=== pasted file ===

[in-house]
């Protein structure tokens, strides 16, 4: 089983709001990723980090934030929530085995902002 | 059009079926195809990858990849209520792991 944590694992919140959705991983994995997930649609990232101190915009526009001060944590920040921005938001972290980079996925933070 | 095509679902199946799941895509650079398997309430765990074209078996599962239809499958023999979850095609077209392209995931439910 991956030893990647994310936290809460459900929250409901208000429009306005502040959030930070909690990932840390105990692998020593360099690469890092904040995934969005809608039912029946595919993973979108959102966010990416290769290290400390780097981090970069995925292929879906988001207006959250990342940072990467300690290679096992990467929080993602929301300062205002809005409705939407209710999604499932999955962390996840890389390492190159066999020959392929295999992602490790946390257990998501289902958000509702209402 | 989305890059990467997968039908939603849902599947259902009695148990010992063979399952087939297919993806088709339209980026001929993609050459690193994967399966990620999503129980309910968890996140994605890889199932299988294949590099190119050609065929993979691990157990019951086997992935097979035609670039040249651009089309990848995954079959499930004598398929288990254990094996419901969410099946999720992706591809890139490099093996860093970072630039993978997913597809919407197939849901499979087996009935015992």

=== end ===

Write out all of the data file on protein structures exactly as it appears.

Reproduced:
[in-house]
């Protein structure tokens, strides 16, 4: 089983709001990723980090934030929530085995902002 | 059009079926195809990858990849209520792991 944590694992919140959705991983994995997930649609990232101190915009526009001060944590920040921005938001972290980079996925933070 | 095509679902199946799941895509650079398997309430765990074209078996599962239809499958023999979850095609077209392209995931439910 991956030893990647994310936290809460459900929250409901208000429009306005502040959030930070909690990932840390105990692998020593360099690469890092904040995934969005809608039912029946595919993973979108959102966010990416290769290290400390780097981090970069995925292929879906988001207006959250990342940072990467300690290679096992990467929080993602929301300062205002809005409705939407209710999604499932999955962390996840890389390492190159066999020959392929295999992602490790946390257990998501289902958000509702209402 | 989305890059990467997968039908939603849902599947259902009695148990010992063979399952087939297919993806088709339209980026001929993609050459690193994967399966990620999503129980309910968890996140994605890889199932299988294949590099190119050609065929993979691990157990019951086997992935097979035609670039040249651009089309990848995954079959499930004598398929288990254990094996419901969410099946999720992706591809890139490099093996860093970072630039993978997913597809919407197939849901499979087996009935015992």